The Gamecube, one of my favorite systems to this day, was a casualty of low 3rd party support and lack of proper online avenues. The Wii has garnered this support, supplied a form of online gaming, however there is a shovel-load of gimmicky software and Nintendo IPs seem to be the only "hard-core" games that sell.



If you ask any hard-core gamer who owns a Wii, I am sure their library consists of Mario, Zelda, Metroid, Smash Brothers…the Nintendo published titles.



When Red Steel was available at launch, it was supposed to revolutionize the First-Person genre with its Wii-mote aiming and sword-fighting motions. Even though I respect the game highly, it garnered harsh reviews.



FPS faired better with Metroid Prime (another Nintendo IP) and World at War Wii which surprisingly did well a muli-platformed game.



The Conduit, although not boasting higher def graphics than the PS3 and 360, has held a strong buzz since its E3 08 demo. It is supposed to offer the strongest customization of Wii motion/shooting controls and a broad online experience including Wii Speak.



Another "buzz" pushing the game has been that it was pain-stackingly developed from the ground up for the Wii in a considerable amount of time before Sega was announced as the publisher.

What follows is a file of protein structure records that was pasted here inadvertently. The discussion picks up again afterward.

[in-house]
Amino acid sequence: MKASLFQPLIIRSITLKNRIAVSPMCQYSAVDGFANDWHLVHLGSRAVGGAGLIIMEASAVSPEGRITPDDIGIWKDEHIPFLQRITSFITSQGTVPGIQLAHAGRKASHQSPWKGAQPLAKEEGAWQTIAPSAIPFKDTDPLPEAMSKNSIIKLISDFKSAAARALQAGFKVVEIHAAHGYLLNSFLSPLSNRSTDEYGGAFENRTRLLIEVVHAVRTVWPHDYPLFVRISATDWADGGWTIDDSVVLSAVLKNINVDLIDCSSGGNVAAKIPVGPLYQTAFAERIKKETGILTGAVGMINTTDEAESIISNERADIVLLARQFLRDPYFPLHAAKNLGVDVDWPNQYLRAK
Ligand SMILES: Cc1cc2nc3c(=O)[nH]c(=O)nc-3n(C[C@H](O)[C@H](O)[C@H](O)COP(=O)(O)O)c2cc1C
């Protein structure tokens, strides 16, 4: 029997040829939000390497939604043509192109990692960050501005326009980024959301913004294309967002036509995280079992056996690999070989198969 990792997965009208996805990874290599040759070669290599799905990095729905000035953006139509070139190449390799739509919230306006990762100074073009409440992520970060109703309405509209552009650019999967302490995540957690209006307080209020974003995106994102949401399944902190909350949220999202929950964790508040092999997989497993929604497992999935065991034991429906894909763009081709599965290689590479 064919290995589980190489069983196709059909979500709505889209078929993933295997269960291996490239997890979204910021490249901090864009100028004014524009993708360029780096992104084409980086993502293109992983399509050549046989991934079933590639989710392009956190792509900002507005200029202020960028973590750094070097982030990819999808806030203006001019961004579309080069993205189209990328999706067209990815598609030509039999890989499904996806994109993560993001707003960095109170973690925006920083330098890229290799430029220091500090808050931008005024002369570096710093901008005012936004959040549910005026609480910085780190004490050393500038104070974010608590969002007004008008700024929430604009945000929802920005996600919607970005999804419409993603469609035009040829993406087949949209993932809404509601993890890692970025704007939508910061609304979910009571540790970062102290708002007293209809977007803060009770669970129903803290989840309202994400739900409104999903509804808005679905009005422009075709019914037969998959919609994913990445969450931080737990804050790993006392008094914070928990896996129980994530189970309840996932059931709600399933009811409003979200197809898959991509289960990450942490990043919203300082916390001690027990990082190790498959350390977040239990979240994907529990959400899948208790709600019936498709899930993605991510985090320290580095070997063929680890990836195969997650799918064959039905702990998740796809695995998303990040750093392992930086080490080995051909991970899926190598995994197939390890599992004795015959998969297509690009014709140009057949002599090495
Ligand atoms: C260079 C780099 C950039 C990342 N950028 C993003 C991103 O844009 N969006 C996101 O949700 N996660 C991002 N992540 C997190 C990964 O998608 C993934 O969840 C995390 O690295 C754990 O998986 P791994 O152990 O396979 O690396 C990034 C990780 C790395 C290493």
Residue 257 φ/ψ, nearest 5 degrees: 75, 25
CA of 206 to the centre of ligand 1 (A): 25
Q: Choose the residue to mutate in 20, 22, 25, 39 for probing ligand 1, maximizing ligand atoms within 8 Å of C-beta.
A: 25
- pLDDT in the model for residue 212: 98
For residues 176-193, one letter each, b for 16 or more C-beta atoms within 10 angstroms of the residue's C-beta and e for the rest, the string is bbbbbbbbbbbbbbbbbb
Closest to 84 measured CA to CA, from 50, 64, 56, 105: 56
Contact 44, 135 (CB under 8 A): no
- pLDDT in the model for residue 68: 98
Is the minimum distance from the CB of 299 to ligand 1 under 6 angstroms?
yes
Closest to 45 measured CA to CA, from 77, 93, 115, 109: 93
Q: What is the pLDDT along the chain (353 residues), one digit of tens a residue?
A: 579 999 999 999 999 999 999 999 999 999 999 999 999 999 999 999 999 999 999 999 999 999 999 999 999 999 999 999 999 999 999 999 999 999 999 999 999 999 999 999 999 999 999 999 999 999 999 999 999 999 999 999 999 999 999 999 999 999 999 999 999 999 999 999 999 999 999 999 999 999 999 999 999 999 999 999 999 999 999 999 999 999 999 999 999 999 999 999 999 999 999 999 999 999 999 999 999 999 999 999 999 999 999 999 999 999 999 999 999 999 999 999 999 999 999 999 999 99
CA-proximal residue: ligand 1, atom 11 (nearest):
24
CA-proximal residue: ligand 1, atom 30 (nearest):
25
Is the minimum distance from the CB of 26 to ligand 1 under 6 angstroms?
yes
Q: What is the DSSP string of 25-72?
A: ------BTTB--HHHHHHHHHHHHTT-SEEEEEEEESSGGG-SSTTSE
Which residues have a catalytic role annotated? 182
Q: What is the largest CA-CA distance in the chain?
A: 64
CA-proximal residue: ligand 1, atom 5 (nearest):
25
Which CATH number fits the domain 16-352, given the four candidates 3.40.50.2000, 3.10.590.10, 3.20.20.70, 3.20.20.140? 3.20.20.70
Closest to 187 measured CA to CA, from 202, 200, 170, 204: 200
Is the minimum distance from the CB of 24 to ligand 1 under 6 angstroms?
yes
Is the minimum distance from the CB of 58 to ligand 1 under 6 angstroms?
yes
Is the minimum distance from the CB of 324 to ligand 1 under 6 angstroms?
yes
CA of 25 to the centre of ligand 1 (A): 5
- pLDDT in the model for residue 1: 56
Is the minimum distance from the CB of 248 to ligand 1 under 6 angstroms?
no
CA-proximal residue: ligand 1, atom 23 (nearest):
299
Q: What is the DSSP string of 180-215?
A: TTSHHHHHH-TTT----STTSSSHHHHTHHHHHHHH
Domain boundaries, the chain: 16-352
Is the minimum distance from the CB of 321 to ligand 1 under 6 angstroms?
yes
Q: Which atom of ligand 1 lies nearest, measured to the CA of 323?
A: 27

Being dubbed by some as Nintendo's "Halo, these aspects, if coupled with a compelling story should create success, if they were executed properly.

Michael Mitchell
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The reason RE4, SSBB, SMG, LoZTP, and MPC sold tons was because they were all recognizable franchises. And saying that LoZTP only sold because Fable 2 wasn't out yet is dumb. They're two completely different games and LoZ is way more popular.



You wanna know why MadWorld didn't sell much? Because we're not idiots. Why would I spend $50 for a 5 hour game that just is going around chopping random people up. I spent $10 on Lostwinds and got a 2.5 hour game that required strategy and was tons of fun. I'm gonna spend $30 in May to get Klonoa a game that I know will be fun and last me a while. And I'm gonna spend $40 soon for Excitebots, a multiplayer racing game that will allow me and my friends to have tons of fun together.



If Sega wanted MadWorld to sell they should've made the game longer or made it a cheap WiiWare game.